There are many ways to skin the music recommendation cat, so to speak. Record label EMI and Data Science London hope they have stumbled on to a new one: data sliced -and diced from interviews with one million music fans.
The team behind the EMI Million Interview Dataset will release the self-reported musical taste of over one million music fans worldwide this weekend, so that developers and hackers at this weekend’s Music Data Science Hackathon can try to build musical recommendation apps based on what those music fans said about the music they like.
In addition to EMI’s interviews, conducted by Lightspeed Research, the hackathon will incorporate technology from EMC, “a world leader in data science and big data solutions” and Kaggle’s “collaborative, real-time, online platform for predictive modeling competitions.” Adatis, a UK-based consultancy, will offer a £500 “data visualization prize” at the event, which includes £6,000-worth of other prizes. If you’re looking for the dataset you won’t find it today, but it should be available here starting this weekend.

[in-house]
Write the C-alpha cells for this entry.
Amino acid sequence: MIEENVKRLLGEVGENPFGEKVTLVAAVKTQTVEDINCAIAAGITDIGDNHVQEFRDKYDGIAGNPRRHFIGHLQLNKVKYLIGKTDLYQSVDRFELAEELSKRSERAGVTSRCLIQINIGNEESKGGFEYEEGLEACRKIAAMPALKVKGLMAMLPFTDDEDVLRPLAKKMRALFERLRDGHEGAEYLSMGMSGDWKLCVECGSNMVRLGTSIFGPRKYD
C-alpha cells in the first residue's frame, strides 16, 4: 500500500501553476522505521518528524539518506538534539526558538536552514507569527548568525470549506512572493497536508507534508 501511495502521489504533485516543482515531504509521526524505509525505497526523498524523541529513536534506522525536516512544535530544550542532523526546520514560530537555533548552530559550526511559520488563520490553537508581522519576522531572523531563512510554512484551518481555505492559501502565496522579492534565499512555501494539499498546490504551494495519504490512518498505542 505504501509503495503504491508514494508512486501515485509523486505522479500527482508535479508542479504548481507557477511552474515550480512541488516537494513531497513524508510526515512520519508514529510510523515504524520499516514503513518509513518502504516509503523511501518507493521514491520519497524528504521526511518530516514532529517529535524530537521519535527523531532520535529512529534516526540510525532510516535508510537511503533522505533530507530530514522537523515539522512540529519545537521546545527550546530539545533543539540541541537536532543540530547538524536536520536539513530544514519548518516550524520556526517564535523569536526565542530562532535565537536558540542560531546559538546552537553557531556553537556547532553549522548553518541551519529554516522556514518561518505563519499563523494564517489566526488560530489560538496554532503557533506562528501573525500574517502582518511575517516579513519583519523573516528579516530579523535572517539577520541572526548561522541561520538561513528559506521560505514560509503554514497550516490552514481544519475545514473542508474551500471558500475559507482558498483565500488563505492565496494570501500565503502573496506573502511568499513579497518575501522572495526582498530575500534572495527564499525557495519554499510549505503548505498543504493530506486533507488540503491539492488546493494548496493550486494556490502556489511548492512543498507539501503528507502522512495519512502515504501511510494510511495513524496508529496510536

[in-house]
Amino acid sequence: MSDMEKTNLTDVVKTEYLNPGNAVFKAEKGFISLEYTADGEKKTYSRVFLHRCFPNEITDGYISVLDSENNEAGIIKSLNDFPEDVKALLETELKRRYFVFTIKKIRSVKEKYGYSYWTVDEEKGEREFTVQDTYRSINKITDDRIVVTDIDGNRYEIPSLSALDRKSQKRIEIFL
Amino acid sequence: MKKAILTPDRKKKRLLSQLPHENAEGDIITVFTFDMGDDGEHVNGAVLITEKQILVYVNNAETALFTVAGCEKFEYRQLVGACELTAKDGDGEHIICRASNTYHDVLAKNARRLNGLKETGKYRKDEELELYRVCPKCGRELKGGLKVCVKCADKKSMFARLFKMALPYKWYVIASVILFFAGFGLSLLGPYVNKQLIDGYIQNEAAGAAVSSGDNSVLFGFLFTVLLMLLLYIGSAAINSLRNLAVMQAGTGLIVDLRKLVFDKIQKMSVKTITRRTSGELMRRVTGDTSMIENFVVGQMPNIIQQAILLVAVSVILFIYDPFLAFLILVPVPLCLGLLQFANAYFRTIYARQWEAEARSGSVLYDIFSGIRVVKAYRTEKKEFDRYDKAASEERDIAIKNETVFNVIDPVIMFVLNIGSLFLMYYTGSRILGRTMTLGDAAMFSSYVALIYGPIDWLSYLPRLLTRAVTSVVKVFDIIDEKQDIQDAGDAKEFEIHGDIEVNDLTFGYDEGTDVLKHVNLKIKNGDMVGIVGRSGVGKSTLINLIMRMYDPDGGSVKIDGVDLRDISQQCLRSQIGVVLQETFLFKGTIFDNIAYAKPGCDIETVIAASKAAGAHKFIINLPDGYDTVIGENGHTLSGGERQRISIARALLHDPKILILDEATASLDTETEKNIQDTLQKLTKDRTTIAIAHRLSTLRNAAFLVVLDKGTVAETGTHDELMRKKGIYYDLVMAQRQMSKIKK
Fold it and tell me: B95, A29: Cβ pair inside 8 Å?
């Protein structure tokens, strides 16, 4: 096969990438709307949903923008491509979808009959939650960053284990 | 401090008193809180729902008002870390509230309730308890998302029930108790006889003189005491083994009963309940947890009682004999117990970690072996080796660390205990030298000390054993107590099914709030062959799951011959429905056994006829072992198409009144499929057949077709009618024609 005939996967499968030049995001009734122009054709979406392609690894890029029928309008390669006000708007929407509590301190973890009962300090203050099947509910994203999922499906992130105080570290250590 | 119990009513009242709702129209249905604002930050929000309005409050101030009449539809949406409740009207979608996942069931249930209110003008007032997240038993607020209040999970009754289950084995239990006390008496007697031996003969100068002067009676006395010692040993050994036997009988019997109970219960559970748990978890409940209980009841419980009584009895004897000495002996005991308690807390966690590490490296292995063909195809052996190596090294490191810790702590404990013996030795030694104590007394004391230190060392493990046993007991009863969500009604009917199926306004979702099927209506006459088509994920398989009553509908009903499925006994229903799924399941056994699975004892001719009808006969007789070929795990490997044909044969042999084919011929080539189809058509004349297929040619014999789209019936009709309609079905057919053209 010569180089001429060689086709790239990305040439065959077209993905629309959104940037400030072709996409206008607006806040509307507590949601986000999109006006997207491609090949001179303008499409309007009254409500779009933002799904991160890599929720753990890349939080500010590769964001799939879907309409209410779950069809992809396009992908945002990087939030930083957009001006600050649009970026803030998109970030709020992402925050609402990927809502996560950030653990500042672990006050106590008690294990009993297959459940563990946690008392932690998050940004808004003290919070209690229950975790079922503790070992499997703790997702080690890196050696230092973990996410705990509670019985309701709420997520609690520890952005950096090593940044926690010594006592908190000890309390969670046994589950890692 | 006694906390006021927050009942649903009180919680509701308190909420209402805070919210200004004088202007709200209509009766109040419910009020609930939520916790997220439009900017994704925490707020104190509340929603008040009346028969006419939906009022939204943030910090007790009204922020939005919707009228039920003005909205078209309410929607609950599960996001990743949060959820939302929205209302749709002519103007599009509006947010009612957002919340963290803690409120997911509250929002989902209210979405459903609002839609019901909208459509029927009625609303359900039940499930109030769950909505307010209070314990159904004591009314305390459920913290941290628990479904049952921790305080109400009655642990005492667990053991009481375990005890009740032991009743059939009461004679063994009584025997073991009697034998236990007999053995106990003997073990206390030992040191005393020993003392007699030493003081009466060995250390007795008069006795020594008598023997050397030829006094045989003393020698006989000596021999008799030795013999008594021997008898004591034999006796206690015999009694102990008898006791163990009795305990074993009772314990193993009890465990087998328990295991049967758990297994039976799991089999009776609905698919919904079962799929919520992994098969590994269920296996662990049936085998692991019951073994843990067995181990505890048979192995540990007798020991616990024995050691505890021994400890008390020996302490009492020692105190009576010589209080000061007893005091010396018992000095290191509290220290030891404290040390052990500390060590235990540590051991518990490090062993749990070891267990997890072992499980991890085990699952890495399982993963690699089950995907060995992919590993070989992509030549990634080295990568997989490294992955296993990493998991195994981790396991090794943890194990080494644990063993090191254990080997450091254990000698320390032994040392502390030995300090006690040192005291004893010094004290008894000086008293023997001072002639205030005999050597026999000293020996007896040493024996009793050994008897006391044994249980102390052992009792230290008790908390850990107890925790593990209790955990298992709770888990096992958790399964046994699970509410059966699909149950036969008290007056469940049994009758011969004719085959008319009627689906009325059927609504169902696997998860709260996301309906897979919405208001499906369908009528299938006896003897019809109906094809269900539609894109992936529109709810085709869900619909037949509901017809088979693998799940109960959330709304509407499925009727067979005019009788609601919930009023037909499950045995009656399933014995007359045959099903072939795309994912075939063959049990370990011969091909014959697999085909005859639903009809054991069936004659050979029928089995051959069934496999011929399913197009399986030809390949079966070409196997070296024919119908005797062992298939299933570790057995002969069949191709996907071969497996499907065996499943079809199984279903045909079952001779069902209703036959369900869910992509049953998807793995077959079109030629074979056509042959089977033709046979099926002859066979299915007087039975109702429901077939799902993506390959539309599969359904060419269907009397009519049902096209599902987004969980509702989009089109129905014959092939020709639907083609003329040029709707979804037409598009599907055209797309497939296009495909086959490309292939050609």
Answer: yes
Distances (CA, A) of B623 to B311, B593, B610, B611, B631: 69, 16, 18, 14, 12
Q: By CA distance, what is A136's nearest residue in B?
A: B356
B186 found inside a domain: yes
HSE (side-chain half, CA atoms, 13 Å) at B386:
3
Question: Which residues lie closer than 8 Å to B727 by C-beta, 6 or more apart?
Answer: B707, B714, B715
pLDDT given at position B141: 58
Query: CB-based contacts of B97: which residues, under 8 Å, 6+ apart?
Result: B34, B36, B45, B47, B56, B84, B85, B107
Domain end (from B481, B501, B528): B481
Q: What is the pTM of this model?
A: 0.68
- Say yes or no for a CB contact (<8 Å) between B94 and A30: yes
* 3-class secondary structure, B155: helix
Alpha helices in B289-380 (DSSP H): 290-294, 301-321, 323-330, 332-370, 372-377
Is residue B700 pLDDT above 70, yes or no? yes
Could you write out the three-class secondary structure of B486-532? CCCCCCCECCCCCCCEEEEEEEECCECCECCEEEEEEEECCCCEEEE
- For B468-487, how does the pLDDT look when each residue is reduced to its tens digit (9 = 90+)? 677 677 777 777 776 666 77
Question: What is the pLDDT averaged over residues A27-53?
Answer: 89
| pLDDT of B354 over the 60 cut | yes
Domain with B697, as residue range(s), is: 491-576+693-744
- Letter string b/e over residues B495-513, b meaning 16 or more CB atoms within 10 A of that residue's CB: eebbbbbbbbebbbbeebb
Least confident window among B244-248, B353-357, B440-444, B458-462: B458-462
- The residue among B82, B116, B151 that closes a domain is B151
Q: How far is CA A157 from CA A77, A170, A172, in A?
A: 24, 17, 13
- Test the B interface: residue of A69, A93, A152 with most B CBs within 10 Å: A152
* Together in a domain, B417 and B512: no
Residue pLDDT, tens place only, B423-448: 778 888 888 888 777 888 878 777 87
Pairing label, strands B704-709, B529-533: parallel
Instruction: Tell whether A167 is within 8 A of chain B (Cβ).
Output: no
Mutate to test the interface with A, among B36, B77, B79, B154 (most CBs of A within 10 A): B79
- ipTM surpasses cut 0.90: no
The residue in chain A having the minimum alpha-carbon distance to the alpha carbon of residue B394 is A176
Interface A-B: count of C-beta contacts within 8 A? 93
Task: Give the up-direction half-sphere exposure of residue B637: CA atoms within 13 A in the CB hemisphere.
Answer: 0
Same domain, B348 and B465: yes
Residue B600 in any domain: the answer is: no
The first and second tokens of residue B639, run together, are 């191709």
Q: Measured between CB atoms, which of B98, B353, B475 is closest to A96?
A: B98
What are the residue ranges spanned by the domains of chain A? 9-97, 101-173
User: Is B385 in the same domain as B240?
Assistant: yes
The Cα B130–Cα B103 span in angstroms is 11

The big test: Can these interviews enable a machine to recommend a new song to a listener based on what they said in an interview — demographics, word associations, and their similarity to past interviewees? We should know the answer — or rather, the initial answer — after the 24-hour Music Data Science Hackathon (London, July 21-22).
“With the EMI Million Interview Dataset we hope to bring more new ways of thinking into our industry that will deliver enormous benefits to artists and their fans,” said EMI senior vice president of insight David Boyle.
By mining these million-plus interviews, EMI and the other sponsors of the event hope to produce a number of creations that can predict whether a given person will like a new song they have not heard before.
Plenty of other folks are working on these issues, of course. Being a record label, EMI hopes to use the ability to predict musical taste in order to “deliver enormous benefits to artists and their fans.”
Photo courtesy of Flickr/Laurence Barnes